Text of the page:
I’m That Mom

Lately, I’ve been asking myself , what kind of mother am I?

In some ways, I am the mother I always thought I would be.  In others, I am the mother that I know many people would shake their head at in disgust and disapproval because they would think that I’m selfish and cruel.  And you know what? When it comes to what others think, I can finally, honestly say, I don’t care.

Let’s get my mommy sins on the table, though, shall we? Rex hasn’t had the sweet taste of breastmilk since April, instead subsisting on the crack that is Similac (ooh, is it bad that crack and Similac rhyme?). He sleeps in his own crib, and has since we brought him home from the hospital.  If he cries in the middle of the night, I turn over and go back to sleep.  If he is happy in his crib and talking to himself, I let him stay there.  He goes to daycare pretty much five days a week.

Do these things make me cruel and heartless? Do they make me a bad mom? Nope, although if you think so, so be it.  I have excellent reasons for why I commit all of these ‘sins’ against my child, all of which culminate in the fact that they help him gain valuable skills that he will need in this dog eat dog world of ours.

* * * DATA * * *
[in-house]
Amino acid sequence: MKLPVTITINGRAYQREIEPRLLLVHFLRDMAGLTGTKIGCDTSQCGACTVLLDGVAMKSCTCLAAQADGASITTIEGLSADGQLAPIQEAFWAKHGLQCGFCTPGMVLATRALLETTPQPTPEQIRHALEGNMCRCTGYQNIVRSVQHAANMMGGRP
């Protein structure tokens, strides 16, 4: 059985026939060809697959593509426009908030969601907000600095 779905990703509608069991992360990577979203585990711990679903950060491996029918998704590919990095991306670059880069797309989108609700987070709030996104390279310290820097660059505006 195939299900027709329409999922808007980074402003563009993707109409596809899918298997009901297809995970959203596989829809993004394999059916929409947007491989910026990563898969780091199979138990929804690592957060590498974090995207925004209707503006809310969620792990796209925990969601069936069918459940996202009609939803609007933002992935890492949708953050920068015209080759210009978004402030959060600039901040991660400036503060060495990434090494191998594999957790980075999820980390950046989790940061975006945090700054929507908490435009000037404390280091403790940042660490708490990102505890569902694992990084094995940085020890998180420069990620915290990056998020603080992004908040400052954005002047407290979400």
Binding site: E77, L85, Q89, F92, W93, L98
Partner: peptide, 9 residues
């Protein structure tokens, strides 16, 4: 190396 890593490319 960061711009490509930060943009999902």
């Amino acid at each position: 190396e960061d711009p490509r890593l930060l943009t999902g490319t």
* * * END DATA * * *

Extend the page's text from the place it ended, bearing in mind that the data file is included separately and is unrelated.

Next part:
You know the part about letting him cry at night? It’s because it teaches him to soothe himself and put himself back to sleep, which he can now do in under 10 minutes.  I’m certain the neighbors whose master bedroom is about four feet from his window are thrilled with that development since there were a few nights there where he was averaging 20 – 30 minutes of pure on crying (and I’m not sorry, guys – this is payback for leaving your extremely reactive dog with the World’s Most Annoying Bark outside at all hours for the last two years).

The daycare? It’s a fabulous facility that stimulates him socially, physically and intellectually far better than any regimen I could dream up or implement.   I’ve missed seeing him hit a few developmental milestones, but what’s most important is that he’s hitting them, early sometimes, and that he has someone there who is just excited about it as I would be.   And, its his daycare that lets me go back to work which I needed to do for my sanity and for our bottom line.  I need that time as an adult to be the best mom to Rex that I can.